The operating license of a restaurant in Singapore linked to more than 80 Salmonella cases and one death has been terminated by authorities.

The National Environment Agency (NEA) said the action against Spize Restaurant at River Valley Road has been taken with immediate effect and it will be taking enforcement measures against the licensee. The agency also checked other outlets of the same chain. So far, there is no evidence to link the outbreak to these other sites and they have been allowed to continue operations.

The Ministry of Health (MOH) and Agri-Food and Veterinary Authority of Singapore (AVA) investigations found the outbreak of Salmonella was unusually severe with more than half of cases being hospitalized suggesting the food was heavily contaminated. It updated a mid-November announcement when the case count was below 50 and the pathogen responsible was not identified.

Seven food poisoning incidents were linked to Spize Restaurant, involving 82 people who had eaten there between Nov. 6 and 9. Forty-seven patients were hospitalized. One person died, but the cause of death is pending. No cases linked to other Spize outlets were reported.

Salmonella Typhimurium was isolated from clinical samples of some affected cases, raw and ready-to-eat food and environmental samples from the site. All of these isolates were closely related by genetic analysis, suggesting they are from the same source. There was also other bacterial contamination in RTE foods and surfaces that came into contact with RTE food.

An inspection by NEA, MOH and AVA on Nov. 7 found several serious hygiene lapses. These included leaving ready-to-eat food uncovered in a chiller, not providing soap for hand-washing and slotting knives for preparing RTE food in the gap between food preparation tables. The restaurant’s operating licenses were suspended following the inspection.

A second joint inspection at the premises on Nov. 14 and interviews with the licensee and food handlers identified irregularities such as seven unregistered food handlers; food prepared outside the licensed kitchen area and poor personal hygiene and preparation practices of the food handlers.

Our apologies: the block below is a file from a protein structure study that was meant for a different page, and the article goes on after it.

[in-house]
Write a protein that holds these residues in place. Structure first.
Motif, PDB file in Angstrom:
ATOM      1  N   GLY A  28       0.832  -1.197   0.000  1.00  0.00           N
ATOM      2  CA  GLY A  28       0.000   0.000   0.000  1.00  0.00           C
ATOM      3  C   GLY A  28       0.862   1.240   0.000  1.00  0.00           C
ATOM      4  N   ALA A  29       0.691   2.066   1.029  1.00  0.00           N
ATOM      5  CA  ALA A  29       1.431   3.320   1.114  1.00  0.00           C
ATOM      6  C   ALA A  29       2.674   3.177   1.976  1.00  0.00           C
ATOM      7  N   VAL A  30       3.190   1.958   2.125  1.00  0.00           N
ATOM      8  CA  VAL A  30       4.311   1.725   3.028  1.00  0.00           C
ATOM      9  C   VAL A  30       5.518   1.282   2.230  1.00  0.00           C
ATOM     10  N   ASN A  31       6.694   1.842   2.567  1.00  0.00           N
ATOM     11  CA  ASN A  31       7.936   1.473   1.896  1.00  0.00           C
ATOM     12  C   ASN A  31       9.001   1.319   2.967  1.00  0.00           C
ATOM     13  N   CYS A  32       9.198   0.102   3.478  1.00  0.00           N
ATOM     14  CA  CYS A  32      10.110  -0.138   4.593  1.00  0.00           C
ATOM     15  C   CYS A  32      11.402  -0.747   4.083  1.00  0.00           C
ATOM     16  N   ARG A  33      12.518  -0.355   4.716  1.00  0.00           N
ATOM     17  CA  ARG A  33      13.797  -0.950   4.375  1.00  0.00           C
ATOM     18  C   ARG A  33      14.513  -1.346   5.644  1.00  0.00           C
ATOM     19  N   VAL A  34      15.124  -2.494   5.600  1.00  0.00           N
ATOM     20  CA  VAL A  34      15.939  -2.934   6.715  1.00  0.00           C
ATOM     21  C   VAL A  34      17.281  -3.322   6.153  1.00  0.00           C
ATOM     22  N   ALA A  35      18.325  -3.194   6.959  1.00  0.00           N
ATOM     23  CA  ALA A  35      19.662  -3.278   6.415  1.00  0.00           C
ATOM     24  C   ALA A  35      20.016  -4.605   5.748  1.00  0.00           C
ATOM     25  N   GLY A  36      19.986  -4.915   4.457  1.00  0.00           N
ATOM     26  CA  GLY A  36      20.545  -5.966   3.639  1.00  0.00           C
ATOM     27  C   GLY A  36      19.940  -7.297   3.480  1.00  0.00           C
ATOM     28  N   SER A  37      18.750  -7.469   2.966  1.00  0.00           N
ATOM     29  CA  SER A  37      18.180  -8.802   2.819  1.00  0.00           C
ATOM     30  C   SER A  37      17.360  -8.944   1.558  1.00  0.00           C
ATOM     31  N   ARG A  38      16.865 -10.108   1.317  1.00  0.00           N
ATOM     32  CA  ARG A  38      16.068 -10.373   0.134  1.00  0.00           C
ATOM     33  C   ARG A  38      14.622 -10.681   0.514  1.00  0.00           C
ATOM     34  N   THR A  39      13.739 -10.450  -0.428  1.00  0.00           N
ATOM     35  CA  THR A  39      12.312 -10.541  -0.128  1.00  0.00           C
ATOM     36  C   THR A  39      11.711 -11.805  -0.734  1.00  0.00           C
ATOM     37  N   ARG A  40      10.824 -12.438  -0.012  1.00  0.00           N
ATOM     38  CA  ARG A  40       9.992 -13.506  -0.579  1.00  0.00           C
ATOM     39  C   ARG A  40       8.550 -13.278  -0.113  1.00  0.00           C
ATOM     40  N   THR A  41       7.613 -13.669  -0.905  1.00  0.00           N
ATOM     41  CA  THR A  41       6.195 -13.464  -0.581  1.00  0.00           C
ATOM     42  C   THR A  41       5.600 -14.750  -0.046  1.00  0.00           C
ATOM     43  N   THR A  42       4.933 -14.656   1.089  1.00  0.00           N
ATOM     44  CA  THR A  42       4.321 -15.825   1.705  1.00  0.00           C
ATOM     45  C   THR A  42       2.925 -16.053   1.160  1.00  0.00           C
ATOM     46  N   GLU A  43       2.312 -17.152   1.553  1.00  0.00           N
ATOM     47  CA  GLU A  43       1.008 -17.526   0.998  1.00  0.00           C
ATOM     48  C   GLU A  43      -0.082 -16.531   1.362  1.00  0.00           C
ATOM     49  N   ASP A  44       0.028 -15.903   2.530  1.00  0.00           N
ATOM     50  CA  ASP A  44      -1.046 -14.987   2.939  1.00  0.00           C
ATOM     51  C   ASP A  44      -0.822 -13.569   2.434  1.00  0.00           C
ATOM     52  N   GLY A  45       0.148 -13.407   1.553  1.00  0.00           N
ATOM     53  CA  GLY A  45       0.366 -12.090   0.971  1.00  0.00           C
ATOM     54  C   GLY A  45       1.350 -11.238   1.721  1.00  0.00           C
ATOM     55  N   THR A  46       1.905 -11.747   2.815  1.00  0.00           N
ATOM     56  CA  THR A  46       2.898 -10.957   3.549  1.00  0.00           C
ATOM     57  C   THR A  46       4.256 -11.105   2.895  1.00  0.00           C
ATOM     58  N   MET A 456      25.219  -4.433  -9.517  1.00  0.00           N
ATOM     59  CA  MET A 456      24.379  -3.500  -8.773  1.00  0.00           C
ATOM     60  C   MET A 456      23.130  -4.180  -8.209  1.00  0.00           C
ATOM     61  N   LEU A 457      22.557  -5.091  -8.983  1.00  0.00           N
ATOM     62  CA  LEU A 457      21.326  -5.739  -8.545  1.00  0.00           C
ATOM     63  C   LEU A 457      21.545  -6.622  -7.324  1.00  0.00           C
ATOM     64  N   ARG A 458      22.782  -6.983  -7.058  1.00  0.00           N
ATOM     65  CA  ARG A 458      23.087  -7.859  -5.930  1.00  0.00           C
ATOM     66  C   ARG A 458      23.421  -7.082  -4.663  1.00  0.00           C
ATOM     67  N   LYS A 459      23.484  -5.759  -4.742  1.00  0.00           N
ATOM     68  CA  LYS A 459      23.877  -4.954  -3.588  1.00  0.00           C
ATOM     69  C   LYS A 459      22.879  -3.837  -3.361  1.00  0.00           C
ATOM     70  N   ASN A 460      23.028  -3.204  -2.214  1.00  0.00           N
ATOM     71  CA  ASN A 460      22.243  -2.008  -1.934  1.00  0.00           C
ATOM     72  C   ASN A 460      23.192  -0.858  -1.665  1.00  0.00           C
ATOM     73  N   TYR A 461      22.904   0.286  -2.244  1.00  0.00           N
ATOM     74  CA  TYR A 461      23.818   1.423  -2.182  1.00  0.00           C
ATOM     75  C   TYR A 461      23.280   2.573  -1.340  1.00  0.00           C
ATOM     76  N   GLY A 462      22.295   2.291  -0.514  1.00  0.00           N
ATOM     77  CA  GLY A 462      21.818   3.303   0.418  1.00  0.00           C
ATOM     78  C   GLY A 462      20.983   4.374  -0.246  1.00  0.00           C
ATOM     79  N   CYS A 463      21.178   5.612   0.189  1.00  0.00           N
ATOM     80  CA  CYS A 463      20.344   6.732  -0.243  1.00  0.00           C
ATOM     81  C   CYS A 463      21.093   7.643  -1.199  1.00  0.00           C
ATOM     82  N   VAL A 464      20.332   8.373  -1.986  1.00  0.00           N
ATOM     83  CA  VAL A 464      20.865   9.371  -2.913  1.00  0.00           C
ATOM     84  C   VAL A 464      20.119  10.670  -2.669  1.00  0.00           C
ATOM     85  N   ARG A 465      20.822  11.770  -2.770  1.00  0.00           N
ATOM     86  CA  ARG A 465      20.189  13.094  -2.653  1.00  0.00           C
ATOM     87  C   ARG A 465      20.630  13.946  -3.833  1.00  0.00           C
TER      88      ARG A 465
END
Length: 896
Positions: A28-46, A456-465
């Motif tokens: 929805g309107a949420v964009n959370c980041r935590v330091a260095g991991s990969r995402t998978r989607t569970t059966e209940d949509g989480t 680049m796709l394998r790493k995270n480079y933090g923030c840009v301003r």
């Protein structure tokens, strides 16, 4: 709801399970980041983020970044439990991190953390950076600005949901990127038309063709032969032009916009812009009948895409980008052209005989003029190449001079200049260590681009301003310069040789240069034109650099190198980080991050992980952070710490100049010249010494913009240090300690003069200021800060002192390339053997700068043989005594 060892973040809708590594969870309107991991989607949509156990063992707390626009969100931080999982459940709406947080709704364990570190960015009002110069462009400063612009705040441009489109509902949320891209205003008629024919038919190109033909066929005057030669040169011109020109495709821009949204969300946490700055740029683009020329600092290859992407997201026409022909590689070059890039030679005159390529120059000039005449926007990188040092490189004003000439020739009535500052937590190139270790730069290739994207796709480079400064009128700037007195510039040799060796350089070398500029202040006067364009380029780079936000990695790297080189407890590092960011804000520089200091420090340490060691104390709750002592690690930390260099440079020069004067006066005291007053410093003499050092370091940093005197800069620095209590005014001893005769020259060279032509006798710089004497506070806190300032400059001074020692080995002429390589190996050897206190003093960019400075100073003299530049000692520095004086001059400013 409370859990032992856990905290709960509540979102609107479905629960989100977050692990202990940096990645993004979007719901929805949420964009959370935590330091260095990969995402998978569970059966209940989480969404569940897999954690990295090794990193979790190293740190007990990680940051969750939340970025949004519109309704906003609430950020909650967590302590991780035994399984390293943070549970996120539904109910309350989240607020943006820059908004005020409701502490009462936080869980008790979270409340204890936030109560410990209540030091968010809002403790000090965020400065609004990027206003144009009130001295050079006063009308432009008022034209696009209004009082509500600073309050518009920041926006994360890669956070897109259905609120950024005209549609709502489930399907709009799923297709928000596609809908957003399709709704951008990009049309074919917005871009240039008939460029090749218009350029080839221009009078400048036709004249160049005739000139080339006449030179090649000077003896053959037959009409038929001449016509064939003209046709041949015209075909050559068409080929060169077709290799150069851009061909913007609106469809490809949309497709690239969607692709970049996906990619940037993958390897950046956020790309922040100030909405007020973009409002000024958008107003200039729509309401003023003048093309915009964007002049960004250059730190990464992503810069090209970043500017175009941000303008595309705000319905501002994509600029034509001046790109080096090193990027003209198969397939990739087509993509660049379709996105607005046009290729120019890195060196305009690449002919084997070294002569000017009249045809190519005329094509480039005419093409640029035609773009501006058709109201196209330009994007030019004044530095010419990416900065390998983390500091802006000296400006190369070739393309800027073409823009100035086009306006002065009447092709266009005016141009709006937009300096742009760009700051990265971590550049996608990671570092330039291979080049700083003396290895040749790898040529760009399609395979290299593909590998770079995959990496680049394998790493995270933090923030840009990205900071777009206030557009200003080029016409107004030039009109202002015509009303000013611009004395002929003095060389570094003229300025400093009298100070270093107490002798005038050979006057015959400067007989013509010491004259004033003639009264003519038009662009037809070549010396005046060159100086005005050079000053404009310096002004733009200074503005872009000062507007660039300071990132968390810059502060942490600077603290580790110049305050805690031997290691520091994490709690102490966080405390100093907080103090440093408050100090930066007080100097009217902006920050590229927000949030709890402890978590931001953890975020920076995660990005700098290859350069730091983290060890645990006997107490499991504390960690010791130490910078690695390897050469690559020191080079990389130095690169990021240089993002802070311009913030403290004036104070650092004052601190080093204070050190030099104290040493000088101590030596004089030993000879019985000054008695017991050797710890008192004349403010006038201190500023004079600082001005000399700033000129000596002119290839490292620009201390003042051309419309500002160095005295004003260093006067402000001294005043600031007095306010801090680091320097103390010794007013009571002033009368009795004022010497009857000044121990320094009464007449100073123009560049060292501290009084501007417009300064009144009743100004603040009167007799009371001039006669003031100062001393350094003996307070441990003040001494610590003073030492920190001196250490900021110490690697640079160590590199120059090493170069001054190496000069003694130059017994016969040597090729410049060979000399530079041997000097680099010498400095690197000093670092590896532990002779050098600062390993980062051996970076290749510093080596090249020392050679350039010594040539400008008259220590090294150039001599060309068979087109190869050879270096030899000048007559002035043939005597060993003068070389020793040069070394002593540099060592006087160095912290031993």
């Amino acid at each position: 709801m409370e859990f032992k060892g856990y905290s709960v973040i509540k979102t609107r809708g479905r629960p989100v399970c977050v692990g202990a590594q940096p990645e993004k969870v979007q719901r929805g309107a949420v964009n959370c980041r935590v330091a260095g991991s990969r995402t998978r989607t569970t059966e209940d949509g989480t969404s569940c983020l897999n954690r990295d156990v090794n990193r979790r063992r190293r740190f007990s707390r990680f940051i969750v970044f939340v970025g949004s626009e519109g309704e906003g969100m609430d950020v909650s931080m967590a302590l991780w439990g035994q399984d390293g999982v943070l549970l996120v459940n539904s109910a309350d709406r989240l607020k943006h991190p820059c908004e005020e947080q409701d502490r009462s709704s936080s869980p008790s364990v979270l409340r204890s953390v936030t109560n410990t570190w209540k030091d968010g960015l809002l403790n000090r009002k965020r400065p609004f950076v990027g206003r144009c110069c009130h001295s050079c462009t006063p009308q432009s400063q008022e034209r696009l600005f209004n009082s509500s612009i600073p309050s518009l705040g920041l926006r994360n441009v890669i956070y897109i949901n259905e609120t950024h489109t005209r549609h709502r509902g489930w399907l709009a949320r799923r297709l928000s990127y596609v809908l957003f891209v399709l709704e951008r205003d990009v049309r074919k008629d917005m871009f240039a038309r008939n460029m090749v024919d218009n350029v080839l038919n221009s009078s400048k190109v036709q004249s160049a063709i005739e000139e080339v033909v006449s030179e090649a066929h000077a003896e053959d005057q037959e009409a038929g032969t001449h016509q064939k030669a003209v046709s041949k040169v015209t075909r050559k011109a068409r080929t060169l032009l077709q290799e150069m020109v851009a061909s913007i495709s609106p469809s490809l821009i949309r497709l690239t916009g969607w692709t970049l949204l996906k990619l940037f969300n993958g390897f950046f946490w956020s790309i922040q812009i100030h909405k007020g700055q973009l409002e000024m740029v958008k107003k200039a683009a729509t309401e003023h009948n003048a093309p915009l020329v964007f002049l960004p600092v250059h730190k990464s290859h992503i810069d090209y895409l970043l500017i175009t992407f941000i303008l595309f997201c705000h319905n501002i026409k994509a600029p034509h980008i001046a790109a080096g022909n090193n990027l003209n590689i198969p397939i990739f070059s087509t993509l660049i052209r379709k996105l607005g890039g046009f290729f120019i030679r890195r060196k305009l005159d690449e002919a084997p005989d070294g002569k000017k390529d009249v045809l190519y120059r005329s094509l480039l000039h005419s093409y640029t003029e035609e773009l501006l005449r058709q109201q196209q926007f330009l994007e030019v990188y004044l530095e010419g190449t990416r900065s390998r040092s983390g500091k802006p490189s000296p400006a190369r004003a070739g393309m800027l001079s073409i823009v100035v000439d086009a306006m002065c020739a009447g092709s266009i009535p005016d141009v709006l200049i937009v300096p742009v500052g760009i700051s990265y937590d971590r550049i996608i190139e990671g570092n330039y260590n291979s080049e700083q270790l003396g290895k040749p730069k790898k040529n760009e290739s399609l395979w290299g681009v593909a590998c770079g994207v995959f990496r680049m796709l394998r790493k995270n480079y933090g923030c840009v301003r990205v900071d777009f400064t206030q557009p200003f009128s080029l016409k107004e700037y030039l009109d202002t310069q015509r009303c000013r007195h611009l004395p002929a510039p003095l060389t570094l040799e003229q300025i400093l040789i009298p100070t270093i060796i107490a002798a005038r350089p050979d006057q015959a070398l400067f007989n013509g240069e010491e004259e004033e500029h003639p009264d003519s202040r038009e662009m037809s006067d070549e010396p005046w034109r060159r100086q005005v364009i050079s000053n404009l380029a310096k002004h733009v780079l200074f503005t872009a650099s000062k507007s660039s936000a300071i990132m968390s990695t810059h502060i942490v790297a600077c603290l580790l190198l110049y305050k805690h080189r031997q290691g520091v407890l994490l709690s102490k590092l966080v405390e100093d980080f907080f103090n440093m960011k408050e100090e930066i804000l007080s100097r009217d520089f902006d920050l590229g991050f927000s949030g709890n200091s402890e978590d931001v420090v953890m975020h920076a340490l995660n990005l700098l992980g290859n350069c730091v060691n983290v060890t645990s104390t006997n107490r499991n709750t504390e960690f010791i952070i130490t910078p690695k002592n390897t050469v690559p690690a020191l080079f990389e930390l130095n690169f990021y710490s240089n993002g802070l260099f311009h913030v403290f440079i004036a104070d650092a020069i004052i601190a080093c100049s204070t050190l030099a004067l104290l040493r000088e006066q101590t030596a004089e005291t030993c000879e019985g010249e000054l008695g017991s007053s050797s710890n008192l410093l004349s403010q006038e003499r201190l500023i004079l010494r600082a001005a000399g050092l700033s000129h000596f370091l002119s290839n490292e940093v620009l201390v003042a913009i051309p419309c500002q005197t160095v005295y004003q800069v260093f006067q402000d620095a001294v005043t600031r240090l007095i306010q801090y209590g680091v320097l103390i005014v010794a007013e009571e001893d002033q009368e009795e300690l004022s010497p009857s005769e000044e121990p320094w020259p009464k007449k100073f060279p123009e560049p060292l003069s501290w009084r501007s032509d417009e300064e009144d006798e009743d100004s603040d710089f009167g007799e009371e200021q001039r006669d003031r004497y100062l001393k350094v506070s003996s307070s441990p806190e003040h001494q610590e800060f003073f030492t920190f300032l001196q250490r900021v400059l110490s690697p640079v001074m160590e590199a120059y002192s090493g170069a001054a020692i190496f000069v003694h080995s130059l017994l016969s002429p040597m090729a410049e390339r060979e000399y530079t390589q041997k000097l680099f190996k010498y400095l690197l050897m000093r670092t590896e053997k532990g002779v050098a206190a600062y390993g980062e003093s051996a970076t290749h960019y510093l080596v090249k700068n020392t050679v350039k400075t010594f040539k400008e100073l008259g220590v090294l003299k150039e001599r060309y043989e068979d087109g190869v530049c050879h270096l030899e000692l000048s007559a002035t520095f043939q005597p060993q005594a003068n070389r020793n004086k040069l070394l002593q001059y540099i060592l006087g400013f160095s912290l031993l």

Hotel investigation
The NEA, MOH and AVA are also investigating gastroenteritis cases linked to four separate events at the Grand Ballroom at Mandarin Orchard Hotel between Dec. 1 and 3.

As of Dec. 5, 175 cases were reported to have developed symptoms of gastroenteritis and nine were hospitalized. Investigations include collecting food and environmental samples for testing and sending food handlers for stool screening.

NEA suspended the banquet kitchen serving the ballroom at the hotel and told it to dispose of ready-to-eat food, thawed and perishable items and thoroughly clean and sanitize its premises including equipment, utensils, work surfaces and toilets. The Grand Ballroom will also be closed for clean-up and disinfection. These measures will be in place until NEA is satisfied public health risks have been addressed.

There are no cases linked to other food and beverage premises in Mandarin Orchard Hotel. Mandarin Orchard Singapore said it was cooperating with NEA, MOH, AVA and the Public Utilities Board.

“We are completely distraught over the reported cases of food poisoning among our banquet guests, and we continue to reach out to those affected so that we can render every possible support and assistance,” the hotel said in a statement on its Facebook page.

“While we await results of the investigation from relevant authorities, hotel workers that handled food during the relevant banquet events have been temporarily relieved of their duties until they have completed all necessary medical tests and are cleared by relevant authorities. During the period of investigation, the hotel will also cease serving raw food prepared from our banquet kitchens.”

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